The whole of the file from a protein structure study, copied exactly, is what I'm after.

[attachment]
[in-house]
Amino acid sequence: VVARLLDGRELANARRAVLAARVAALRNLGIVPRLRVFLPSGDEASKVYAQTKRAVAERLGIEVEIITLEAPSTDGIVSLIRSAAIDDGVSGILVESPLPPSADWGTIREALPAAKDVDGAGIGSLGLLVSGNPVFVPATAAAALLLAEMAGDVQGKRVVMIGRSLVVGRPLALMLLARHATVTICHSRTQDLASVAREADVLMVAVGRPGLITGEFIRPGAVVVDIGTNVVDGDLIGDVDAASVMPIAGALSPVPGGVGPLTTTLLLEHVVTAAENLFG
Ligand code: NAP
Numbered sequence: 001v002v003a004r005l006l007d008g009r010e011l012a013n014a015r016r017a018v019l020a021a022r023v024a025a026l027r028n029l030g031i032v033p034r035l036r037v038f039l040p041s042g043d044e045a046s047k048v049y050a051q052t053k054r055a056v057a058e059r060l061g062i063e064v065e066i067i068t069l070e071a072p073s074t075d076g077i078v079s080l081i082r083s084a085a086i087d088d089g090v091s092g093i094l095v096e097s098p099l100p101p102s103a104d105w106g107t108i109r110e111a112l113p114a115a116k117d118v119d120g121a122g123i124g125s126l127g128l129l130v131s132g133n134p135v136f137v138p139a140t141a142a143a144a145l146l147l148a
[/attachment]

[in-house]
Amino acid sequence: VVARLLDGRELANARRAVLAARVAALRNLGIVPRLRVFLPSGDEASKVYAQTKRAVAERLGIEVEIITLEAPSTDGIVSLIRSAAIDDGVSGILVESPLPPSADWGTIREALPAAKDVDGAGIGSLGLLVSGNPVFVPATAAAALLLAEMAGDVQGKRVVMIGRSLVVGRPLALMLLARHATVTICHSRTQDLASVAREADVLMVAVGRPGLITGEFIRPGAVVVDIGTNVVDGDLIGDVDAASVMPIAGALSPVPGGVGPLTTTLLLEHVVTAAENLFG
Ligand code: NAP
Numbered sequence: 001v002v003a004r005l006l007d008g009r010e011l012a013n014a015r016r017a018v019l020a021a022r023v024a025a026l027r028n029l030g031i032v033p034r035l036r037v038f039l040p041s042g043d044e045a046s047k048v049y050a051q052t053k054r055a056v057a058e059r060l061g062i063e064v065e066i067i068t069l070e071a072p073s074t075d076g077i078v079s080l081i082r083s084a085a086i087d088d089g090v091s092g093i094l095v096e097s098p099l100p101p102s103a104d105w106g107t108i109r110e111a112l113p114a115a116k117d118v119d120g121a122g123i124g125s126l127g128l129l130v131s132g133n134p135v136f137v138p139a140t141a142a143a144a145l146l147l148a